A self-described born-again Christian, Saccaro chose the name Providence to reflect his faith as well as a partnership with a local foundation that provides tax preparation for California pastors — and refers anyone with greater financial needs to Saccaro.
The name may have been slightly prescient, too, considering the success Saccaro has seen in the last few years. “It’s just been an absolute blessing the way it’s gone,” he says.
Two is better than one
Saccaro’s been so satisfied with his mentoring, he signed up with a second mentor a few months ago — Scranton’s personal mentor, Earl Kemper.
Saccaro pays $1,000 a month to speak with Kemper each week for half an hour. (Scranton isn’t directly paid, but he’s Saccaro’s general agent, so he also benefits financially from Saccaro’s success.) “When you talk about $1,000 a month, $12,000 a year, a lot of people would say, ‘That’s pricey; no way,’” Saccaro says. “But if they can give you one little tidbit a month that generates $1,000, then they’ve paid for themselves.”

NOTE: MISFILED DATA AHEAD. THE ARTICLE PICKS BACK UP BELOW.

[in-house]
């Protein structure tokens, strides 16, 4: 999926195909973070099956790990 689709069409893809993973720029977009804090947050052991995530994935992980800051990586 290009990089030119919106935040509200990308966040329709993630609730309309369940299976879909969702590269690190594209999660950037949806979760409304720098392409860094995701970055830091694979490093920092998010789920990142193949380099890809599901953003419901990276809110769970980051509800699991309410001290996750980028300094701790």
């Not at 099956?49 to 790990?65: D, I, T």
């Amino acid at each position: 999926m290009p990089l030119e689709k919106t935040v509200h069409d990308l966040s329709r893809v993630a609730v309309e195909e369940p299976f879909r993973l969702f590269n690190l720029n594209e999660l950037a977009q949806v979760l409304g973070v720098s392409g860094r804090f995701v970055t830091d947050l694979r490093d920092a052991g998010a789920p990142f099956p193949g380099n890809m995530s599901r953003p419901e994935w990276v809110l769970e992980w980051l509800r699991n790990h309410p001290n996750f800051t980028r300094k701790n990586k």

Having some skin in the game also makes Saccaro a better mentee, he says. “Spending that money makes sure that I’m prepared for each call, and that’s huge,” he says.
As far as having two mentors at once goes? Saccaro says it really is an instance when more equals better. “It’s two different opinions,” he says. “A lot of times, they tell me the same things, but sometimes they don’t. It’s just that they’ve built their businesses differently. Having two mentors is just a great way to pick two different heads.”
Call it making up for lost time. Saccaro says if there’s one thing he regrets about his career so far, it’s those years he tried to go without a mentor. “If I could change one thing about my business, I would have had a mentor during those time periods,” he says. “I like where I am now, but I think I’d be even further along.”